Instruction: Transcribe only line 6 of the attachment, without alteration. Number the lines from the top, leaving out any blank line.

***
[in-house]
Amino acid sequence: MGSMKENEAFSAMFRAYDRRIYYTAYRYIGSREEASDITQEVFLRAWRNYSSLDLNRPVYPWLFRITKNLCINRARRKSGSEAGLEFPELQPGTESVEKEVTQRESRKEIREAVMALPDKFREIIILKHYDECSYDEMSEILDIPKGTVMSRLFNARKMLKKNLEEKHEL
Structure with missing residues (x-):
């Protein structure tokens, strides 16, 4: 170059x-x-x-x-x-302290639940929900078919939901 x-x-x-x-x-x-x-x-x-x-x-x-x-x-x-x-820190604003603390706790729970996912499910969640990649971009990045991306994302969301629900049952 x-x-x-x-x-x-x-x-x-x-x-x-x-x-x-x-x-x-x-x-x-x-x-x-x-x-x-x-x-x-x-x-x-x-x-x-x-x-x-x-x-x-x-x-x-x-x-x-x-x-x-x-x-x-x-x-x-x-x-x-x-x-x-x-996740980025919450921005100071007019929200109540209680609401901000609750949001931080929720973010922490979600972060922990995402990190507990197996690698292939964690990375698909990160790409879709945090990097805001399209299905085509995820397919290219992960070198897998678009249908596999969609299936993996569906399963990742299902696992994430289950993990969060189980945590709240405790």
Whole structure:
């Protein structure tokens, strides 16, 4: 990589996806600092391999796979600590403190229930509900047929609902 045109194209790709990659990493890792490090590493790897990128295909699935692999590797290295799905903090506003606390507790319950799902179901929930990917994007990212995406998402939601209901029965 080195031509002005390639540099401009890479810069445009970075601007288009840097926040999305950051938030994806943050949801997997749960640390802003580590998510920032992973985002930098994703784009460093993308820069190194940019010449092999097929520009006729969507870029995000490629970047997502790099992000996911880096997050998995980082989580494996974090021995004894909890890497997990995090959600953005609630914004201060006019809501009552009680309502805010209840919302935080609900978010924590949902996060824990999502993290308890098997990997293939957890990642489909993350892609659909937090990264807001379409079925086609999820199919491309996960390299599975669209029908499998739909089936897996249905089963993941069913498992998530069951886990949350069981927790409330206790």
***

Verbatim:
């Protein structure tokens, strides 16, 4: 990589996806600092391999796979600590403190229930509900047929609902 045109194209790709990659990493890792490090590493790897990128295909699935692999590797290295799905903090506003606390507790319950799902179901929930990917994007990212995406998402939601209901029965 080195031509002005390639540099401009890479810069445009970075601007288009840097926040999305950051938030994806943050949801997997749960640390802003580590998510920032992973985002930098994703784009460093993308820069190194940019010449092999097929520009006729969507870029995000490629970047997502790099992000996911880096997050998995980082989580494996974090021995004894909890890497997990995090959600953005609630914004201060006019809501009552009680309502805010209840919302935080609900978010924590949902996060824990999502993290308890098997990997293939957890990642489909993350892609659909937090990264807001379409079925086609999820199919491309996960390299599975669209029908499998739909089936897996249905089963993941069913498992998530069951886990949350069981927790409330206790």